SALT LAKE CITY — Governor Gary Herbert announced Tuesday that he will be lowering Utah's COVID-19 risk level from "red" to "orange," effective May 1. The change will allow some businesses to begin re-opening with strict guidelines in place.
The new guidelines will allow restaurants to begin can dine-in services once again. There will be restrictions and guidelines, including tables being placed six feet apart, employees must wear masks and adhere to strict cleaning guidelines.
The Salt Lake County Health Department tweeted Tuesday afternoon that they expect to follow Gov. Herbert’s plan in early May.
“We will have guidance for industries in coming days so businesses have time to implement requirements necessary to open,” the tweet read in part.
With the new guidelines, it’s unlikely restaurant owners will make money, something Salt Lake Area Restaurant Association Executive Director Michele Corigliano said most haven’t been able to do during curbside and pick-up options.
“They got hit first, they got hit hardest, they are getting really minimum help so far. I will tell you, I am so inspired by these owners,” she said.
No one is being left behind, and the Salt Lake Area Restaurant Association is doing everything they can to help restaurant owners and advocate on their behalf, Corigliano said.
It hasn’t been easy, Eva’s Bakery owner Charlie Perry said. Perry decided to close his popular downtown restaurant and bakery for a while they made a plan of action. The restaurant re-opened Monday for to-go food options.
“We will all get there eventually, we just need to take these little baby steps and slowly make our way to normalcy, or whatever that looks like,” he said.
Receiving a Paycheck Protection Program (PPP) Loan allowed for all back-of-house and some front-of-house staff to be brought back to work, Perry said. Abigail Ruiz, a barista and server at Eva’s Bakery, is one of those people.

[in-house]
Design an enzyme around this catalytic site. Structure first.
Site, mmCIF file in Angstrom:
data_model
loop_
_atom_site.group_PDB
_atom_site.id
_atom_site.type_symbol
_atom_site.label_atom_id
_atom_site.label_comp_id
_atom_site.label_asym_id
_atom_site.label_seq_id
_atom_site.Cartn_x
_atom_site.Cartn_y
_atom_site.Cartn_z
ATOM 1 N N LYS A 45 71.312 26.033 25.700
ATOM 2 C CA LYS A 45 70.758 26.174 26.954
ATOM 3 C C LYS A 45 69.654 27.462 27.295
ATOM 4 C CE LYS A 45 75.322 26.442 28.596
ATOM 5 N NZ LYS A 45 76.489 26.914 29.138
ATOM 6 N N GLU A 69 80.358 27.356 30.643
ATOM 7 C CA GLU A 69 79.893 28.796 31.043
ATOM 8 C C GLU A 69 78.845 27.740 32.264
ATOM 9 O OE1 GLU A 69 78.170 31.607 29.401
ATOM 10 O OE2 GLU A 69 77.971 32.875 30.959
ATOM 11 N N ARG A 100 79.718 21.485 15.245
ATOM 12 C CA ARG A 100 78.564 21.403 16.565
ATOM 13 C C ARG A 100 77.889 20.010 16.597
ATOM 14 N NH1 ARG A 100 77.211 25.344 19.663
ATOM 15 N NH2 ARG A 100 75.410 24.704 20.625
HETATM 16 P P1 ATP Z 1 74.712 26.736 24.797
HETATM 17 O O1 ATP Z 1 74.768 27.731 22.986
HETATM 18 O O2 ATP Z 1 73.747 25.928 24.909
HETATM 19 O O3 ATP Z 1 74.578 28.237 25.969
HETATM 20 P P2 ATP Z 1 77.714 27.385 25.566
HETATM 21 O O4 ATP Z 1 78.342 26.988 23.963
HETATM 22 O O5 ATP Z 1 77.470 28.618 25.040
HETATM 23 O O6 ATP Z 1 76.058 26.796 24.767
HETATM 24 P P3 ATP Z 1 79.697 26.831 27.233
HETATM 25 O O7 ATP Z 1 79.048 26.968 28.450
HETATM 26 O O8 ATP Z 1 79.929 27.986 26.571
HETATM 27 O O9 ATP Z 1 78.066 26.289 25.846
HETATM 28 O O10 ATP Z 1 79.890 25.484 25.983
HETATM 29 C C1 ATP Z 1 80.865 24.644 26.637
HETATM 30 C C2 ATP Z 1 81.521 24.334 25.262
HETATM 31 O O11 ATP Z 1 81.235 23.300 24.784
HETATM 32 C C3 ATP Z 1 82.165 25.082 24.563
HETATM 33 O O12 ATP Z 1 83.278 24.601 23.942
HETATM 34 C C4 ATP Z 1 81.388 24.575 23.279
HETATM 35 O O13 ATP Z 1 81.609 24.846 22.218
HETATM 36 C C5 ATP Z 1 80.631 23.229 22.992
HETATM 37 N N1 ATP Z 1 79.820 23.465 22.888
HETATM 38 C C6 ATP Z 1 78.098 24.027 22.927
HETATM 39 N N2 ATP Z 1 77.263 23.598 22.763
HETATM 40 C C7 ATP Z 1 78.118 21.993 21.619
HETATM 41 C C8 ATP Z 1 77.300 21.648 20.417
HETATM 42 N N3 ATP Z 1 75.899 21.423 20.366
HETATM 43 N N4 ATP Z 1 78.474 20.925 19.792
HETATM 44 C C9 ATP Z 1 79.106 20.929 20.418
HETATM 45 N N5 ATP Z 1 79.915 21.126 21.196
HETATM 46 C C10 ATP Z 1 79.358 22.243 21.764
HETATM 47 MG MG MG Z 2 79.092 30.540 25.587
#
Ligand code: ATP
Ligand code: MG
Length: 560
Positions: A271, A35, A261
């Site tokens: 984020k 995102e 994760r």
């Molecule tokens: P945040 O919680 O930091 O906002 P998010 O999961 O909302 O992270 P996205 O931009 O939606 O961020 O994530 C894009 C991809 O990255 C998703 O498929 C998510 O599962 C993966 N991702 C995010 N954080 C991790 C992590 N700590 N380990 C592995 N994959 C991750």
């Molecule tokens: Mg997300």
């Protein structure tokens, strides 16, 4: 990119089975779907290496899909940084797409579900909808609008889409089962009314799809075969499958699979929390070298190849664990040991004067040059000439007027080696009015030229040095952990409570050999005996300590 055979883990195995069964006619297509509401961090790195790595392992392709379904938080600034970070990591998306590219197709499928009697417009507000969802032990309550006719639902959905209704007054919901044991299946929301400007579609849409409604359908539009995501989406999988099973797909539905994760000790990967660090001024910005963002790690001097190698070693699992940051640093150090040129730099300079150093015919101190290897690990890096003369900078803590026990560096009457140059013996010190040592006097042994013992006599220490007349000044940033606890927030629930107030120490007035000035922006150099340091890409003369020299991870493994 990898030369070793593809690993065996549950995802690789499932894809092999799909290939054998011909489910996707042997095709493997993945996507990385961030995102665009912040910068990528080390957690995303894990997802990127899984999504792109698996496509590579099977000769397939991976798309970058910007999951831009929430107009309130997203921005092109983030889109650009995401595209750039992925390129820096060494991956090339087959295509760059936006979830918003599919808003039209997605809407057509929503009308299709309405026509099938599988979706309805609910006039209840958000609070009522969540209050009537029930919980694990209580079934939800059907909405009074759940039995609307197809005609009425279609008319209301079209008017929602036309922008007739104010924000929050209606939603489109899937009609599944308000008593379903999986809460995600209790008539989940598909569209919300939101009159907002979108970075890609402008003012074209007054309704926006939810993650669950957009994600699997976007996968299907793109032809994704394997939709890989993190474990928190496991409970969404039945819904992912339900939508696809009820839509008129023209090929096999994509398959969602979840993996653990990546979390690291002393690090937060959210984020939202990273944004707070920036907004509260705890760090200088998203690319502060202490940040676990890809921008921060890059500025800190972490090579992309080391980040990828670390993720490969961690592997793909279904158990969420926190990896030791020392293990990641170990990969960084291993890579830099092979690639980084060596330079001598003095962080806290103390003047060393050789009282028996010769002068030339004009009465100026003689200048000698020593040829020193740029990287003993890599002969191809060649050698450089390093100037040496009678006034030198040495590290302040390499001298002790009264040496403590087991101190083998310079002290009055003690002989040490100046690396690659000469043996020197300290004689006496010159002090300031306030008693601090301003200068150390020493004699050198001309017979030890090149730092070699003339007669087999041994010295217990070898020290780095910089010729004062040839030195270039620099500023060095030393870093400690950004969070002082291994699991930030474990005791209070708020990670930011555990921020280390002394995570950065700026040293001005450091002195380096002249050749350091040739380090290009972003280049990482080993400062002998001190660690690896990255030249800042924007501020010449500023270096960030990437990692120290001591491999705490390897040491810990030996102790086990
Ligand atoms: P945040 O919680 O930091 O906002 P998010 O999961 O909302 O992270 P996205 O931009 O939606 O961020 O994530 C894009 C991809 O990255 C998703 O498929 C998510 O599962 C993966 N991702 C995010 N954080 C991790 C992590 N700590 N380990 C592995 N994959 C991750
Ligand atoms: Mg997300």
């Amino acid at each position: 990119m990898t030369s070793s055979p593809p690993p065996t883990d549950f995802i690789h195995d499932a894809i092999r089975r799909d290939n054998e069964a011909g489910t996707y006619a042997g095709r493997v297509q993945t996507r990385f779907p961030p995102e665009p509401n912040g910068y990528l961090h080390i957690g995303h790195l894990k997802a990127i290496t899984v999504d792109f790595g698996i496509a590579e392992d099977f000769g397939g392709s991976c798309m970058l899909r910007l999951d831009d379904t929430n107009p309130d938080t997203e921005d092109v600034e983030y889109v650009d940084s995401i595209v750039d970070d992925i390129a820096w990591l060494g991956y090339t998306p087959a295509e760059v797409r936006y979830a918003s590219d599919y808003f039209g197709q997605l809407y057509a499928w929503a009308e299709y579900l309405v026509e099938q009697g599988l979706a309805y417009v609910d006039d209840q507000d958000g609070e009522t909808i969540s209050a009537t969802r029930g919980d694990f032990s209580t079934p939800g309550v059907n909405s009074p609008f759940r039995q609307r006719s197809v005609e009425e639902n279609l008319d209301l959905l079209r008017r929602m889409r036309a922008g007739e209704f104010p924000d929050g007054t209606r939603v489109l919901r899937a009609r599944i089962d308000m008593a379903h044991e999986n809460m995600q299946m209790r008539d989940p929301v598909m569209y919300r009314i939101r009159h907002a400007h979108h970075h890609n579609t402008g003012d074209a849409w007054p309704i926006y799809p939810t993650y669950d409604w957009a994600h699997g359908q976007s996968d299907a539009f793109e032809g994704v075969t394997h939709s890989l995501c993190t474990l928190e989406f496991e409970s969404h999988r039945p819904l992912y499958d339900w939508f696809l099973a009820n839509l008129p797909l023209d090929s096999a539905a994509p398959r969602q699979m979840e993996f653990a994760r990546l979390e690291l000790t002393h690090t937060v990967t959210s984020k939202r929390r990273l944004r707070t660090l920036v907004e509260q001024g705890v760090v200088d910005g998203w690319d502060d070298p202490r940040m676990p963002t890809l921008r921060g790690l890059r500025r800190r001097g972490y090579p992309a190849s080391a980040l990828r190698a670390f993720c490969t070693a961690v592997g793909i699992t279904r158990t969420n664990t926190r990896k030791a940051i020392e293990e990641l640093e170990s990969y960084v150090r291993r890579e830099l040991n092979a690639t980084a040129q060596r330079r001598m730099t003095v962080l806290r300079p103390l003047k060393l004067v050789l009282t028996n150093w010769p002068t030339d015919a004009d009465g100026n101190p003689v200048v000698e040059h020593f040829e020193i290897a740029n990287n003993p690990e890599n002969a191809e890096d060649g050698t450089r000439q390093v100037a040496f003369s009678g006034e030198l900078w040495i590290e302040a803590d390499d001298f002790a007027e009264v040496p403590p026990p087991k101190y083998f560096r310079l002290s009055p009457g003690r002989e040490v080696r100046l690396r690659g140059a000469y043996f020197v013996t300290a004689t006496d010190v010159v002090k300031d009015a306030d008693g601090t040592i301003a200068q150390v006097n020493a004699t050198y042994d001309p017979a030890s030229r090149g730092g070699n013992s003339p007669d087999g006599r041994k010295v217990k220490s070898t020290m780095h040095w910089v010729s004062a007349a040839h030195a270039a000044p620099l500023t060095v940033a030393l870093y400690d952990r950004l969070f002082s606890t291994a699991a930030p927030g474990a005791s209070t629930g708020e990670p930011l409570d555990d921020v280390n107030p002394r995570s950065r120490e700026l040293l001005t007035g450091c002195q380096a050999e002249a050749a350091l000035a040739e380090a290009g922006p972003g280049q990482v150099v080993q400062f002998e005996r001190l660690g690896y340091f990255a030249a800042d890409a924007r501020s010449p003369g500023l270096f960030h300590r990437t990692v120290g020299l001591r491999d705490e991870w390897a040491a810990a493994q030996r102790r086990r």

“I have been waiting so long to come back. I am just thankful to be able to work,” she said.
Now, Perry and his staff look at the empty dining room floor wondering what it will look like with the new dine-in restrictions.
“We will normally have about 15 tables sat, with a waitlist of easy 30-45 minutes on the weekends, and then we will have a line out the door serving pastries to go,” manager Quest Webster said.
When ordering from a local restaurant, Webster encourages people to order directly through the restaurant instead of through the popular delivery apps.
“While we do want to have those options available for customers, we are trying to encourage our customers to order online through our website because that’s the way our servers can get tipped directly,” she said.
As restaurants prepare to serve more customers again, they will taking every precaution possible and are making data driven decisions, Corigliano said.
“It is going to be safe and the restaurants are going to make sure that everything is going to be in place to keep the public safe,” she said.
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